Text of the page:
There are three bosses to beat, with trash mobs to take care of along the way. Beat all three bosses, and you’ll be rewarded with loot in the form of new Matrices you can equip to make your character stronger. Other multiplayer activities include a wave-based horde mode where you have to defeat waves of enemies to get your loot, as well as a PvP mode that plays like a battle royale game mode. Players all start at the same level, and will be forced into close quarters combat as the arena starts shrinking.

There are also daily bounties to take on, which usually just task you with delivering resources or defeating key bosses. Then, there are also side quests you can accept by talking to NPCs, and these are usually just more fetch quests.

The world of Tower of Fantasy is honestly stunning, so it’s just a shame that the quests are all so dreadfully boring with so many arbitrary time gates to stall your progress. The story quests themselves don’t fare that much better either, with the occasional obtuse puzzle thrown in to frustrate you, and mandatory stealth sections that have no place being in a fast-paced action game.

The action, thankfully, is quite good. As noted in my beta preview, the combat of Tower of Fantasy continues to be the highlight here, even if it can still feel a little floaty at times. Players will be able to equip three weapons, and then swap between them in the middle of combat for elemental synergies and combos.

nemesis banner in tower of fantasy
Image Source: Hotta Studio via Twinfinite

The weapon types and elements allow for some really diverse builds, and things get even more complex and nuanced as you start to get into more specialized roles. Equipping two DPS-style weapons, for instance, will give you an attack bonus, while equipping support-style weapons will turn you into more of a healer or support character in your party. You’re actively encouraged to participate in more Joint Operation Battles with other players, too, as that’s your main way of getting Matrices, which function similarly to Artifacts in Genshin Impact, and can also give you helpful set bonuses.

Tower of Fantasy’s combat is extremely fluid and fast-paced, and while I do wish that there was a bit more crunch and weight to your attacks, being able to zip around quickly in battle is always fun, and was the highlight of my experience.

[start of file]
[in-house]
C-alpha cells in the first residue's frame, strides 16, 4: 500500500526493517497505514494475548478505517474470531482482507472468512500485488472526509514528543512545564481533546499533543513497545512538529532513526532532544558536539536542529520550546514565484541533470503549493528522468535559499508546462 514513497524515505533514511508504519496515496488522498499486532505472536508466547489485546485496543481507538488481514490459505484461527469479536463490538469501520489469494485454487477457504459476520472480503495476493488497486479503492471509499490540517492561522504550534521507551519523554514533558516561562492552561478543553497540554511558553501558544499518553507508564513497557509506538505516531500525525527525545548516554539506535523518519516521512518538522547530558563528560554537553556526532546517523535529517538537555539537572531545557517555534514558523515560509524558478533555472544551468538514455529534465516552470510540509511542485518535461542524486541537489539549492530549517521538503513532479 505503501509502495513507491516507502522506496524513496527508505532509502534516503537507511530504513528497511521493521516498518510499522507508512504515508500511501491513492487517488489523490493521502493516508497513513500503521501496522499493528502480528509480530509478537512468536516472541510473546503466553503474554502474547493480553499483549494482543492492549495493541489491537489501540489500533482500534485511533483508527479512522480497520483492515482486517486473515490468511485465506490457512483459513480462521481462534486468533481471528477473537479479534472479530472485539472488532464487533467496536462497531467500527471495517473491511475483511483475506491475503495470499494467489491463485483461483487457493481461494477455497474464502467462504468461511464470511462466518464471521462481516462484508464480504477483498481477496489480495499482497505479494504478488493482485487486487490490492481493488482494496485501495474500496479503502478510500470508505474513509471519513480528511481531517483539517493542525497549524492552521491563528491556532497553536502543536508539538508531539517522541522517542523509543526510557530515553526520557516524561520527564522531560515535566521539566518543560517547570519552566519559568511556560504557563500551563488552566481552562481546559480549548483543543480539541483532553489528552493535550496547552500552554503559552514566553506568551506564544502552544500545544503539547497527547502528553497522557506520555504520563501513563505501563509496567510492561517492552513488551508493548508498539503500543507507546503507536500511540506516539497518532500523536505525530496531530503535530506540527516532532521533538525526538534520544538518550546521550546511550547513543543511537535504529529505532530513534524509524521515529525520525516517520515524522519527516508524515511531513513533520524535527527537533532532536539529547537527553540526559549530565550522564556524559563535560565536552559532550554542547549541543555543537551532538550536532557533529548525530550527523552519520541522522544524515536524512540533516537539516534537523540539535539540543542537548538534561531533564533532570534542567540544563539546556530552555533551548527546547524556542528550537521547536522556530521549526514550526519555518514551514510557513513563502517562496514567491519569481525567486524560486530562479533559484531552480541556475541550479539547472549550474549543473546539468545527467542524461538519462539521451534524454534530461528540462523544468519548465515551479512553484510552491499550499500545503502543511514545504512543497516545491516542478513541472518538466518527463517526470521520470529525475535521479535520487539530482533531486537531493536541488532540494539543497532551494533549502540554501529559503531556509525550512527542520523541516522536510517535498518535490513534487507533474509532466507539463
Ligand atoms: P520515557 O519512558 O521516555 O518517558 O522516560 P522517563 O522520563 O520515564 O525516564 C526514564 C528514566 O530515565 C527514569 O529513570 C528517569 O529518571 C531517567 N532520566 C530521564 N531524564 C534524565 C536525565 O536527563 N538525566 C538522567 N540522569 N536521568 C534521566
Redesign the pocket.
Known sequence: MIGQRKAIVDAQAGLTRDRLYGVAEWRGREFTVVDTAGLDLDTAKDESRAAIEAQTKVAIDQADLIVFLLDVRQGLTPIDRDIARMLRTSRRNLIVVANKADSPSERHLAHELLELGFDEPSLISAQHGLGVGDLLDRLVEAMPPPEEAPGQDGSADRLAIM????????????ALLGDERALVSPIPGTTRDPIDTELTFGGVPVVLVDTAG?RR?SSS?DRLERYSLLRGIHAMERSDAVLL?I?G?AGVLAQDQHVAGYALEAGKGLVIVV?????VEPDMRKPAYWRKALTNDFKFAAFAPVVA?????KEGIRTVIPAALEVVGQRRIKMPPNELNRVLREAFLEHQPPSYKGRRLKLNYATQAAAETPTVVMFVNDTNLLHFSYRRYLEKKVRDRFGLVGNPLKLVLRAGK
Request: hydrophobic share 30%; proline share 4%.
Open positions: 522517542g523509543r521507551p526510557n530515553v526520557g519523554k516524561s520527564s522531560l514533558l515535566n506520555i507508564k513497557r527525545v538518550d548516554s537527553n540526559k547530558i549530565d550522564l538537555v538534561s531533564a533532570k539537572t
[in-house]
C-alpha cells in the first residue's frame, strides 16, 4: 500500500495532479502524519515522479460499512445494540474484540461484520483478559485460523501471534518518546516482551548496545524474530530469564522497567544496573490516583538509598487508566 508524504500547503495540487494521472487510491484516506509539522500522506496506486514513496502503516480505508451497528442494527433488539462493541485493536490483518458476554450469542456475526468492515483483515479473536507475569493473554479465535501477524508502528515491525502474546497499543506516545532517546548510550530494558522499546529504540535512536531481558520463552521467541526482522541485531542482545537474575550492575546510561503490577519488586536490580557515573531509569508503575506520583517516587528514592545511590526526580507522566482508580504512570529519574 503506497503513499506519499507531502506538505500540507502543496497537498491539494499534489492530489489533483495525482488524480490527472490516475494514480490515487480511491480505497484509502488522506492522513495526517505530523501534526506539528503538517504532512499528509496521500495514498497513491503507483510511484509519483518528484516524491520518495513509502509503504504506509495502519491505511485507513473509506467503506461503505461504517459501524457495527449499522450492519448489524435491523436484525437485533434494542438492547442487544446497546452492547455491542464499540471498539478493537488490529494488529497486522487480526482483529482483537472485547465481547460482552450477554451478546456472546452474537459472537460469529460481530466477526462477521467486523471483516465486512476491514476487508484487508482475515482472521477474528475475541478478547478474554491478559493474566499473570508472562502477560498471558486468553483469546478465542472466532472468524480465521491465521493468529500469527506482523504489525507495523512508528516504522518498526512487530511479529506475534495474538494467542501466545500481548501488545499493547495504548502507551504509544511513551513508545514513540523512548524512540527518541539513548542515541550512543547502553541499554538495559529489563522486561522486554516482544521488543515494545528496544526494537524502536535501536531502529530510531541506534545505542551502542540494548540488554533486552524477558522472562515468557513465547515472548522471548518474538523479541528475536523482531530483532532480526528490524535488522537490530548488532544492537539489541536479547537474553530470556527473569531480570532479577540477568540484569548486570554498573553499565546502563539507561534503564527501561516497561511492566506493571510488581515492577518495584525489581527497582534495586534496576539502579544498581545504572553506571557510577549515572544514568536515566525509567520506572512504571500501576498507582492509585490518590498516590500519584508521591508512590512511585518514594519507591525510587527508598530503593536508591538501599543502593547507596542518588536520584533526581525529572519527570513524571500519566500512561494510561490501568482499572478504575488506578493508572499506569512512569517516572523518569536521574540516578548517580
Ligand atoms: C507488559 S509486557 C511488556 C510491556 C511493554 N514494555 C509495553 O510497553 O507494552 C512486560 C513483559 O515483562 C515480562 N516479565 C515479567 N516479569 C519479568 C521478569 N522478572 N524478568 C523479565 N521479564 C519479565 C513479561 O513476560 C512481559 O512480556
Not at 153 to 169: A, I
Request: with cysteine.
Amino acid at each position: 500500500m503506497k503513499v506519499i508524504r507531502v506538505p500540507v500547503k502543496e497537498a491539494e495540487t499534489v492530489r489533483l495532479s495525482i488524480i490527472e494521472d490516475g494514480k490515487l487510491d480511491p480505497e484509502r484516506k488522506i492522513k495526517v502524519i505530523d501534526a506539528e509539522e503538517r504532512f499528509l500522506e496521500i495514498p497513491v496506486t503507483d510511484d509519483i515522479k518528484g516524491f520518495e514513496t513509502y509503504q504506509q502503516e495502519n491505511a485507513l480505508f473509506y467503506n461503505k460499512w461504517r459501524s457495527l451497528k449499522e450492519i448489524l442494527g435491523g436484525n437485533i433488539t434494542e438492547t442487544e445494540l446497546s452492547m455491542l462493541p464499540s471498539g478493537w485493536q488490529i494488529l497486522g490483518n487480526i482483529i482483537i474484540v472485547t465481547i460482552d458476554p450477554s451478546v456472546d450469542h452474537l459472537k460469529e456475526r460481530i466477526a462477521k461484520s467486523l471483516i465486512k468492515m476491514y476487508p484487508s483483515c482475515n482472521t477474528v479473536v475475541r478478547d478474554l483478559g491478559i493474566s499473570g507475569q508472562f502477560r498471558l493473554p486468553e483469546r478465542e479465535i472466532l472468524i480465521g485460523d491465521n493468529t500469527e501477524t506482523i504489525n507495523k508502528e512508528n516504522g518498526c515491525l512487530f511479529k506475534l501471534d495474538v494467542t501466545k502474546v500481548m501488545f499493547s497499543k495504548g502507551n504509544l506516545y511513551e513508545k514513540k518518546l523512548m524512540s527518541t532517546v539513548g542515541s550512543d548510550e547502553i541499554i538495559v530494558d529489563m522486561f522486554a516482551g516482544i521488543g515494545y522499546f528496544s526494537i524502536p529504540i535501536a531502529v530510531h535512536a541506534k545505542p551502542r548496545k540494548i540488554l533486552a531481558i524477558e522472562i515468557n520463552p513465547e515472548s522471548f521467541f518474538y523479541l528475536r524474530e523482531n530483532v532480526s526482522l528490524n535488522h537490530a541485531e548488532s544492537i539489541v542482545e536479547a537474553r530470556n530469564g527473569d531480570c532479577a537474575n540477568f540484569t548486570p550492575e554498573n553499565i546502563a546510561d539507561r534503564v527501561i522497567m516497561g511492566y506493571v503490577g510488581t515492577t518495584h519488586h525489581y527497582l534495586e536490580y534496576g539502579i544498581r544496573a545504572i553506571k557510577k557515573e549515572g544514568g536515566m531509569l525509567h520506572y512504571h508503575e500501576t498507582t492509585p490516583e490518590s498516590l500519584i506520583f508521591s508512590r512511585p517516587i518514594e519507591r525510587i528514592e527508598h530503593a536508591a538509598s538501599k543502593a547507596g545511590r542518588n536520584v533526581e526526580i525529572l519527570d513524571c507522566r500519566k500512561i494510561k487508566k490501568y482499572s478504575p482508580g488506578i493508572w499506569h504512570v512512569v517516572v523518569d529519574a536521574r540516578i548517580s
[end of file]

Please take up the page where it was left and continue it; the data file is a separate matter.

Of course, in order to really start enjoying the combat, you’ll need to get some weapons, and they’re obtained via the game’s gacha system. As an F2P player, I found Tower of Fantasy to be pretty damn generous with its basic summoning currencies. The open-world is absolutely littered with Black and Gold Nucleus –assuming they’re not in time-gated chests– and you can use these to pull on the game’s regular banners to get some potential SSR weapons.

The regular banner also comes with an 80-pull pity bar, and it doesn’t reset even if you get an SSR on your way to pity, which is really nice. However, if you find yourself enticed by the game’s limited banner offerings, that’s a different story altogether.

Limited banners require you to use Red Nucleus, which cannot be found in the open-world at all. Instead, you’ll need to exchange them for Dark Crystals, which you get through story progression, dailies and weeklies, or by spending real money. For F2P players, the Dark Crystal income is pretty abysmal, and if you’re hoping to save for pity on a limited banner, it’ll take you around four months to do so.

I found myself wishing that Tower of Fantasy would have launched with just one summoning currency, similar to what Genshin Impact does. Splitting up the currencies means that F2P players have no shot of getting a limited weapon for a good few months, which can be concerning, especially if the limited weapons released down the line prove to be meta-defining.

At the end of the day, I found myself feeling pretty ambivalent towards Tower of Fantasy. I appreciated its focus on multiplayer activities, but ultimately, Tower of Fantasy wants to be a story-driven MMORPG with an immersive open-world for players to get lost in, and it just isn’t that. After finally getting past the honeymoon period of being wowed by its sun-soaked environments, it became clear that Tower of Fantasy is pretty much all style, with little substance. It’s a fun romp, and certainly one of the better mobile MMOs out right now, but in the grand scheme of things, there isn’t quite enough polish or engaging quest content to keep me coming back for more.

Tower of Fantasy Critic Review

Reviewer: Zhiqing Wan | Copy provided by Publisher.